HANGINGS AND AN EXPLOSION
In 1913 it is reported by the Ontario Bureau of Mines that the Ontario Rock Company of Belmont Township was operating its Preneveau quarry (the old 3M pit five miles east of Havelock) sending its product (crushed diabase) to Toronto for road building. The rock was crushed on site and loaded on to a spur line of the Canadian Pacific Railway. By 1916, it officers, Alex Longwell, president, George Rayner, manager, and S. Bradley, superintendent, proud of their modern machinery, described the pit to be 65 ft. deep and 200 feet across. employing thirty men.
But two very tragic stories emerged from that pit that send chills up your spine.
On June 22nd, 1919, five Russian men from Toronto raided the bunkhouse intending to rob the occupants. A gun was fired and employee, Philip Yannoff, Macedonian, was killed. In a report dated June 26, 1919, it was said that the plot was arranged in Toronto to take the midnight train to Havelock and raid all the workers in the bunk house. Yannoff was shot in the neck and lived 45 minutes, during which time, when he asked for water, was savagely beaten over the head. Securing all the money, the robbers retreated back to the train.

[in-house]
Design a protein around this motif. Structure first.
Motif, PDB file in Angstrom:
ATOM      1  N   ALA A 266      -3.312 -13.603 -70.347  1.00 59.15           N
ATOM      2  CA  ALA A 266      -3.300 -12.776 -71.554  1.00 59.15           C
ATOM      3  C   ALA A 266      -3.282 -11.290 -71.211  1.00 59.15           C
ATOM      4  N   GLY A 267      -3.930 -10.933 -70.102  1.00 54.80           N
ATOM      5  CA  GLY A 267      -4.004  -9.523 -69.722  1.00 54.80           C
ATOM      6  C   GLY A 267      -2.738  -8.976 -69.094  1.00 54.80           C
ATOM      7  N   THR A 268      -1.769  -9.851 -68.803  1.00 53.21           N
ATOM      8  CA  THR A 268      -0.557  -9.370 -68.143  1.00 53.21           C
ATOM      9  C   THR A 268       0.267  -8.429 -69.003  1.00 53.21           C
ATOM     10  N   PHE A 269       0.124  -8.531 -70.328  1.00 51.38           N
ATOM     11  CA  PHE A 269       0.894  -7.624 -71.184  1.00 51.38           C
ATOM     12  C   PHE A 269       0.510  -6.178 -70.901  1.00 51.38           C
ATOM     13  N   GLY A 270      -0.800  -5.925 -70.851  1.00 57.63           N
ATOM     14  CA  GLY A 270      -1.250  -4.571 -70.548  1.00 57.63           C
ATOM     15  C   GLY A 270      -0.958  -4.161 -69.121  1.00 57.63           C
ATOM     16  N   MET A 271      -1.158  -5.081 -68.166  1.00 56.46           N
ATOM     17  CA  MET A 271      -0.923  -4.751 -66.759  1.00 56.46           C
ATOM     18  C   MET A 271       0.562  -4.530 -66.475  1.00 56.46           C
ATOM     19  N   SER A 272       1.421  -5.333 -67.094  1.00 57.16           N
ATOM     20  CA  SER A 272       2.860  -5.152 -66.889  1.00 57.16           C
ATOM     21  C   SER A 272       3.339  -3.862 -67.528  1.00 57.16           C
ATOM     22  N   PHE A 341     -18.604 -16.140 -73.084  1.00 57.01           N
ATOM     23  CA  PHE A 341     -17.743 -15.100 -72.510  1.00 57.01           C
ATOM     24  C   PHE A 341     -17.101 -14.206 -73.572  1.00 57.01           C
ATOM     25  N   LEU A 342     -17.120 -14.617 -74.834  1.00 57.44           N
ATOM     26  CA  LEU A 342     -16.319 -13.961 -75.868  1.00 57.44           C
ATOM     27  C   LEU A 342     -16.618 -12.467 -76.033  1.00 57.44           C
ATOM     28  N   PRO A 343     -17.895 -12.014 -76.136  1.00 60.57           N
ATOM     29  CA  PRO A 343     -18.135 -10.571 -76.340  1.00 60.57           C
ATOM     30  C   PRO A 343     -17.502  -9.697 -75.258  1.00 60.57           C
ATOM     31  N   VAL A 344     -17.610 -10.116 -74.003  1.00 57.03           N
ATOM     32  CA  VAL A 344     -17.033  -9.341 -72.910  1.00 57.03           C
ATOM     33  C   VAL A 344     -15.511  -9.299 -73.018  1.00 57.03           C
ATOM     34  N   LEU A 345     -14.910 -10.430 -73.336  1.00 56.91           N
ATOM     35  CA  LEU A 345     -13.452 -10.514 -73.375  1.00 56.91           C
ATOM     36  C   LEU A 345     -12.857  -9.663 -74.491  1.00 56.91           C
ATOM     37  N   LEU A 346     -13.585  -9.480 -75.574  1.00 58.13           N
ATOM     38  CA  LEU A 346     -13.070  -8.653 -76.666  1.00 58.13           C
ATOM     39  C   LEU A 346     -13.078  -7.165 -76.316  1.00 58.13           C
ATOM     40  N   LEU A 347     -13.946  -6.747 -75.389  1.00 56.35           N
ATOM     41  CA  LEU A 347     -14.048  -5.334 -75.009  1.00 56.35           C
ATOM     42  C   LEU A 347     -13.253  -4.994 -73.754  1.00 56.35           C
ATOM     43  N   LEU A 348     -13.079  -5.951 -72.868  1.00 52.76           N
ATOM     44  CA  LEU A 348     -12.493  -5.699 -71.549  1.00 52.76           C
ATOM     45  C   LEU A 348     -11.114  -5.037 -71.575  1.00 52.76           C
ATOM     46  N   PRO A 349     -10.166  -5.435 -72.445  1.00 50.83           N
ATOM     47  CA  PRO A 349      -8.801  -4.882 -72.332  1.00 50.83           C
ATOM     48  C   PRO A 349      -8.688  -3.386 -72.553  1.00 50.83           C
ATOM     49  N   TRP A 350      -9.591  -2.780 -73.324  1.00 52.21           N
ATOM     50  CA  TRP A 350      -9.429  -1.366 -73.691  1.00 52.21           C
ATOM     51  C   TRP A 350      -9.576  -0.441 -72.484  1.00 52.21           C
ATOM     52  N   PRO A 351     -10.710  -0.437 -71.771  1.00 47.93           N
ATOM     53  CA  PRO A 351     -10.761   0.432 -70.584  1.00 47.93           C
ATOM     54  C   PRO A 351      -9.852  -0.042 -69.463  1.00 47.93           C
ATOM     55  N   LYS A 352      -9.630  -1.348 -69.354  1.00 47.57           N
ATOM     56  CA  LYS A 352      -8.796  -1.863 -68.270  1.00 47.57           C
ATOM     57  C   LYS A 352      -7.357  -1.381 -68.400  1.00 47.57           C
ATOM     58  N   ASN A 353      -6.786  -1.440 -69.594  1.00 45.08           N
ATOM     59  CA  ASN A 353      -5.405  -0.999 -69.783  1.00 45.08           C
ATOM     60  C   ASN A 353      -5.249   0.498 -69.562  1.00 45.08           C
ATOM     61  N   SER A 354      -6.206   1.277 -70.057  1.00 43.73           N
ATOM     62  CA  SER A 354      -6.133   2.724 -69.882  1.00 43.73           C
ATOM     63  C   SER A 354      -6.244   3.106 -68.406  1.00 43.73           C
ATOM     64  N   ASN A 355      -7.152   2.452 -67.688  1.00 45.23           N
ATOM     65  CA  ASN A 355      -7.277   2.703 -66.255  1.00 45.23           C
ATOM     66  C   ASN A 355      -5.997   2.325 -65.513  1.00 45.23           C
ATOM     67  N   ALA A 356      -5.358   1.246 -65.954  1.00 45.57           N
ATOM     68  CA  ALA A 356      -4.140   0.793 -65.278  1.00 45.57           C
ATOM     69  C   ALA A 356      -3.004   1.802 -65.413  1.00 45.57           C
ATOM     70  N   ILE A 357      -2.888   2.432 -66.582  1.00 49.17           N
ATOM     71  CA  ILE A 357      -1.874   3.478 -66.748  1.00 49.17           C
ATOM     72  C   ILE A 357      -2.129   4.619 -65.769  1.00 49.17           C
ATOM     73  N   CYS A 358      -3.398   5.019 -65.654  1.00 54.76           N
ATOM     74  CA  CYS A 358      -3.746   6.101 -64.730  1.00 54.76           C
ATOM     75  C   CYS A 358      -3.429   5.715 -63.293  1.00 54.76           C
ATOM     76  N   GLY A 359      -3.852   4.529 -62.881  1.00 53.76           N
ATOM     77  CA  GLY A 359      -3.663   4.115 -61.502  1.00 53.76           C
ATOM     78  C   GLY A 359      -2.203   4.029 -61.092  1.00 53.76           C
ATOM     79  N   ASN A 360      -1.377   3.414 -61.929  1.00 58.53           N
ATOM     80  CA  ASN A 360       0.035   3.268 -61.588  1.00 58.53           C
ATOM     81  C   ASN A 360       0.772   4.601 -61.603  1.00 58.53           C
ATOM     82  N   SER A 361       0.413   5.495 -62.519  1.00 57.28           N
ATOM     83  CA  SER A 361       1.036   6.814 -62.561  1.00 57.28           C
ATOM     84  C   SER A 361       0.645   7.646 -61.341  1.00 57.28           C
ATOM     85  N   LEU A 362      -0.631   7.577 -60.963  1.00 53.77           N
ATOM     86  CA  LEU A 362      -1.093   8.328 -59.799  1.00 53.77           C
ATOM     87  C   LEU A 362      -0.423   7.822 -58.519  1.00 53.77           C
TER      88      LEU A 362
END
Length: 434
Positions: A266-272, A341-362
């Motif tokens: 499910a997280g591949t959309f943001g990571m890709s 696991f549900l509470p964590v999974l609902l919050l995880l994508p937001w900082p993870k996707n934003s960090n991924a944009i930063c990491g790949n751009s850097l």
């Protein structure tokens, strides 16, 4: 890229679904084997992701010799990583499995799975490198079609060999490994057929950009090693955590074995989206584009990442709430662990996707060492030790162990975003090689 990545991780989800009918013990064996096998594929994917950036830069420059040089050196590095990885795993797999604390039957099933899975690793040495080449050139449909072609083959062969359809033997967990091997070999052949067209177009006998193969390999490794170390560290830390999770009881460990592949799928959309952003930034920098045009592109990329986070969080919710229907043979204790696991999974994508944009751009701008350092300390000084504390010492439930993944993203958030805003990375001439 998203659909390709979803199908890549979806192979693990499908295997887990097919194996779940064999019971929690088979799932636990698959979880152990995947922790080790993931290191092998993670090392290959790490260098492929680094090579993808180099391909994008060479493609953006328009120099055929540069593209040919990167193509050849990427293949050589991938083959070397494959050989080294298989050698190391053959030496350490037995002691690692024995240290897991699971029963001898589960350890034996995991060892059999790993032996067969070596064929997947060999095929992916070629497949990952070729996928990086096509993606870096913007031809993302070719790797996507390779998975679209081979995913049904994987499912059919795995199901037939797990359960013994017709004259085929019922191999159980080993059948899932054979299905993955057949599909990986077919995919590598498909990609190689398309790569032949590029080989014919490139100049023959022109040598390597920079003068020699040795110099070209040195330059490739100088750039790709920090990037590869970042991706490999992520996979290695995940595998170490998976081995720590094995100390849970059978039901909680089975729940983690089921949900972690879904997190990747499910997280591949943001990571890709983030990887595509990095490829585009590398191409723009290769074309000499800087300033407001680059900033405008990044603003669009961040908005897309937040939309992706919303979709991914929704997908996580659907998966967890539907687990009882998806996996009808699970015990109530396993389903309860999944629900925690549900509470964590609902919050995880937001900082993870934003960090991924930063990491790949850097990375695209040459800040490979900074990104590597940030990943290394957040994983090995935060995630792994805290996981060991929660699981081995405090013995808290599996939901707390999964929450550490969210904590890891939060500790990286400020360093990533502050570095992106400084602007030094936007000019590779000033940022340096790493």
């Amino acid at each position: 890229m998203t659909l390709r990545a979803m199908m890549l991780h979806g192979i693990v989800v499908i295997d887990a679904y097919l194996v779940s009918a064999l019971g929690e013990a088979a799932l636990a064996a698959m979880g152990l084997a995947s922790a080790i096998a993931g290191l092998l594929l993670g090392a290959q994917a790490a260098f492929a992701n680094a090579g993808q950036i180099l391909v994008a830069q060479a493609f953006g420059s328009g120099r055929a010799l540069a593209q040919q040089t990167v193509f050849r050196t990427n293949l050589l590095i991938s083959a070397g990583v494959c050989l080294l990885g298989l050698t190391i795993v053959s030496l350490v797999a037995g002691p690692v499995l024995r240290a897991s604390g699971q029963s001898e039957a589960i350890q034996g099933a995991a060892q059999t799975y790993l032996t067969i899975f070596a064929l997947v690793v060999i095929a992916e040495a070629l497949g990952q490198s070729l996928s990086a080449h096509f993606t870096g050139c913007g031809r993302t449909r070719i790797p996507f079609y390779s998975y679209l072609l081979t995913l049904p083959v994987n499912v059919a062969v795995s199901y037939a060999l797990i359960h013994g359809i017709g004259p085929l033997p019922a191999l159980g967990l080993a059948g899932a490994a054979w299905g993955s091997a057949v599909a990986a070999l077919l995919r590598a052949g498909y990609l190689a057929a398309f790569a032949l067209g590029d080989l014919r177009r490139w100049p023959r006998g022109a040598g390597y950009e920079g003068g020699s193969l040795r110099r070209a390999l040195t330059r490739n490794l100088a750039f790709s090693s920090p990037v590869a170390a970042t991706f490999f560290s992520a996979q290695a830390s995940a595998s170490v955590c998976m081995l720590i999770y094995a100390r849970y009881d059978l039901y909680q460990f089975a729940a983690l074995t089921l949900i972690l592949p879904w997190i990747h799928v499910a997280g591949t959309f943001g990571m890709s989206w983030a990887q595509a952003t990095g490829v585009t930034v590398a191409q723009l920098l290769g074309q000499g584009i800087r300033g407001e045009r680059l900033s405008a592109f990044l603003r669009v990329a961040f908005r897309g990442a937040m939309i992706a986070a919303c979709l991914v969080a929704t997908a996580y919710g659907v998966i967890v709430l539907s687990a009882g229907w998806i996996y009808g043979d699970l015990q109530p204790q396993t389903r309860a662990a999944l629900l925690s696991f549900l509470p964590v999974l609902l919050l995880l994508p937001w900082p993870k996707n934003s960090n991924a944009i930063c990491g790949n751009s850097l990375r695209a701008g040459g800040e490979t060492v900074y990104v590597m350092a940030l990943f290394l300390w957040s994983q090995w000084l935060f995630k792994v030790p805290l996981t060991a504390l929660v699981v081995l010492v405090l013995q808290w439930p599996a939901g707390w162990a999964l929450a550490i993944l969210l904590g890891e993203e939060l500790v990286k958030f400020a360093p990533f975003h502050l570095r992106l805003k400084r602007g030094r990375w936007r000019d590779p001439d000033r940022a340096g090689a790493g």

"Superintendant Bradley and Constable Williams tracked them to Norwood. Then they telephoned to the agent at Indian River, who succeeded in tricking the five men into the waiting room, where he locked them up under pretext of making them report for trespassing on the railway. A search of the men found them unarmed, but a search of the station room disclosed three revolvers, cartridges and nearly all the stolen money. The prisoners were taken to Peterobough jail. All are said to be Russions."
In October of the same year, all five were given the death sentence by the very famous Chief Justice Mulock, although it seems only two were hanged. (Interestingly enough, Russia had recently turned to communism, and Chief Justice Mulock, being also a politician, was a fervent anticommunist.)
On Jan. 14, 1920, Bahri and Konek were hanged simultaneously by official hangman, Arthur Ellis, in the Peterborough courtyard. The two men were then buried in unmarked graves a few paces from the scaffold.
Twenty years later, we find the story of Donald Ellis, a 24 year old laborer from Cordova, who died at the pit when his dynamite stick, which he was adjusting, exploded, sending him into the air & leaving him buried under two tons of rock. By coincidence, his widow's first husband, also died in a mining accident a few years earlier.